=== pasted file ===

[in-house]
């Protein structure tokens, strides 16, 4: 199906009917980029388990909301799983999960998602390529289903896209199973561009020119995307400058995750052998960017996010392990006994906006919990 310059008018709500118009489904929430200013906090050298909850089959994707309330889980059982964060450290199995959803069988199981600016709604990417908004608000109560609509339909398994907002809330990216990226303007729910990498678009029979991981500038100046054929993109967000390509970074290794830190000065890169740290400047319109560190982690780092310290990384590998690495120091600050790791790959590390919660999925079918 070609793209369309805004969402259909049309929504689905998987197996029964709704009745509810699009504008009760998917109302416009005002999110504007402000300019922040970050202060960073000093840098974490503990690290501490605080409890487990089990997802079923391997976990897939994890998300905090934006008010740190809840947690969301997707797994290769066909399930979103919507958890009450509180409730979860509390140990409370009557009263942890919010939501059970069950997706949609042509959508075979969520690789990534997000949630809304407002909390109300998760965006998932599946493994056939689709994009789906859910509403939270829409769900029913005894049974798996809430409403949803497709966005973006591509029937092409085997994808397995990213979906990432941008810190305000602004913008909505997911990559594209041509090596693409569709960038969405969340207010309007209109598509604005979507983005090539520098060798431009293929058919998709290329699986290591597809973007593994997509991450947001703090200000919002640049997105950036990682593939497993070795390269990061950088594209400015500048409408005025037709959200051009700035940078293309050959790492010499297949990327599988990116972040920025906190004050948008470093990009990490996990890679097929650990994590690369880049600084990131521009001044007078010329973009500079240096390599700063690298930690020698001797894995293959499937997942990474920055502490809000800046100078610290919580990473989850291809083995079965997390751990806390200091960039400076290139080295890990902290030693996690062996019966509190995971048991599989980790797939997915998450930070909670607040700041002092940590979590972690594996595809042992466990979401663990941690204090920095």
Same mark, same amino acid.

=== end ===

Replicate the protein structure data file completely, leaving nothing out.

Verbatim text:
[in-house]
């Protein structure tokens, strides 16, 4: 199906009917980029388990909301799983999960998602390529289903896209199973561009020119995307400058995750052998960017996010392990006994906006919990 310059008018709500118009489904929430200013906090050298909850089959994707309330889980059982964060450290199995959803069988199981600016709604990417908004608000109560609509339909398994907002809330990216990226303007729910990498678009029979991981500038100046054929993109967000390509970074290794830190000065890169740290400047319109560190982690780092310290990384590998690495120091600050790791790959590390919660999925079918 070609793209369309805004969402259909049309929504689905998987197996029964709704009745509810699009504008009760998917109302416009005002999110504007402000300019922040970050202060960073000093840098974490503990690290501490605080409890487990089990997802079923391997976990897939994890998300905090934006008010740190809840947690969301997707797994290769066909399930979103919507958890009450509180409730979860509390140990409370009557009263942890919010939501059970069950997706949609042509959508075979969520690789990534997000949630809304407002909390109300998760965006998932599946493994056939689709994009789906859910509403939270829409769900029913005894049974798996809430409403949803497709966005973006591509029937092409085997994808397995990213979906990432941008810190305000602004913008909505997911990559594209041509090596693409569709960038969405969340207010309007209109598509604005979507983005090539520098060798431009293929058919998709290329699986290591597809973007593994997509991450947001703090200000919002640049997105950036990682593939497993070795390269990061950088594209400015500048409408005025037709959200051009700035940078293309050959790492010499297949990327599988990116972040920025906190004050948008470093990009990490996990890679097929650990994590690369880049600084990131521009001044007078010329973009500079240096390599700063690298930690020698001797894995293959499937997942990474920055502490809000800046100078610290919580990473989850291809083995079965997390751990806390200091960039400076290139080295890990902290030693996690062996019966509190995971048991599989980790797939997915998450930070909670607040700041002092940590979590972690594996595809042992466990979401663990941690204090920095």
Same mark, same amino acid.